You've seen those cards. You've tried to read them before the rulebook. You've been mid-game and stuttered over them.
They look like this:
Take 1 @ to activate & as long as you have the %.
An you go, "Uh, take one, um, round thingie, a coin maybe? to activate a squiggle as long as you have something that looks like a slash. Maybe zap power or something?" And no one gets it!
Mixing symbols inline in text is a bad idea, because visual symbols are more ambiguous than text and they are harder to draw definitely. It actually slows down comprehension, and reading, and elegance. The more symbols you have in the game, the worse it is if you mix text and symbols.
Having symbols on a separate line, or a sidebar alongside the text is fine, because the words help define the symbols, and when they are clearly defined in people's mind from play then they can use the symbols as a shorthand, possibly.
Having symbols count as their own thing outside a sentence is fine.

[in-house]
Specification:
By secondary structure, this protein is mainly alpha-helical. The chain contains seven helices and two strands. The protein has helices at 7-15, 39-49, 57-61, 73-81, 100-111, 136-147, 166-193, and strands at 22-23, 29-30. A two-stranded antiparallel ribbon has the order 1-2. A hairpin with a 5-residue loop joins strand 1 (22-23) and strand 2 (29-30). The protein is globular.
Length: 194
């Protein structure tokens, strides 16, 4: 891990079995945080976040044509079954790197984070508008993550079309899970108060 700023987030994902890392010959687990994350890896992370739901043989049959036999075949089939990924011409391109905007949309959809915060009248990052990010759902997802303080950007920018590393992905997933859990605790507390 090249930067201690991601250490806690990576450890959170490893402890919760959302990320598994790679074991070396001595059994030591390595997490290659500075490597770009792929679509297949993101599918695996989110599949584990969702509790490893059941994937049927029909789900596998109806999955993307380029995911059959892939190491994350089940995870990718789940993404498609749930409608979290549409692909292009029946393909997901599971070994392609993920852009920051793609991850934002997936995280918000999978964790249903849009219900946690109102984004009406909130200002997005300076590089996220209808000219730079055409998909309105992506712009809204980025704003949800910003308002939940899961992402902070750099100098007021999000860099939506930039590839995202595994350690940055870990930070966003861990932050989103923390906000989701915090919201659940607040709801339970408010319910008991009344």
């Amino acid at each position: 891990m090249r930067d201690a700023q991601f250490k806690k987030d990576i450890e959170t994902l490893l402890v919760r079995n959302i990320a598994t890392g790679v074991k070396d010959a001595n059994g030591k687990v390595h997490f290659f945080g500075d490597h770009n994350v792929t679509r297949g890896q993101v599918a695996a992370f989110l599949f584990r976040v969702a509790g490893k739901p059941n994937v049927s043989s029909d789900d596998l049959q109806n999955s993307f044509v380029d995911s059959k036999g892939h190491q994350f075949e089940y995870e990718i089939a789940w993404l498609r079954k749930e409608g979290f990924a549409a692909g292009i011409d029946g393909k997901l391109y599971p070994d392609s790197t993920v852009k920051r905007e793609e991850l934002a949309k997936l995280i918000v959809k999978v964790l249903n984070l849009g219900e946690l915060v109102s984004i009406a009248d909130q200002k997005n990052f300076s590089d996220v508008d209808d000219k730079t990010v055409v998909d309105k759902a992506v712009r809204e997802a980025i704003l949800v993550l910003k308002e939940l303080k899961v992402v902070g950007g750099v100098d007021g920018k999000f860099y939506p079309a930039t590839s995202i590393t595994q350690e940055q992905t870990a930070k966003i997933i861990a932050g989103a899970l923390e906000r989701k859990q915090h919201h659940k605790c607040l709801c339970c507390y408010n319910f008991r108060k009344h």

Also naming something is part of creating a feeling and theme in your game and when people don't know the name, and go around calling it "thingie" or "zap power", it undermines the hard work you did to make the game how you want it.
I noticed while doing the research for this, that is a mistake that most professionals are not making, but many beginners are making.
Good examples of text and symbols together:
Terraforming Mars. Separate lines for symbols and text. Well done. The text defines precisely what those symbols above it mean. After a while of playing the game, you will be able to read the symbols.
Examples of bad mixing text and symbols:
Runebound third edition. There are too many weird symbols mixed in the text. I can guess some of the meaning, but would like it to be clearer. They could have put a box around the costs (2 zappies) to separate it visually, and that part would be fixed. Good things they did: title at the top, left aligned text in the reading area, and a border to the whole card.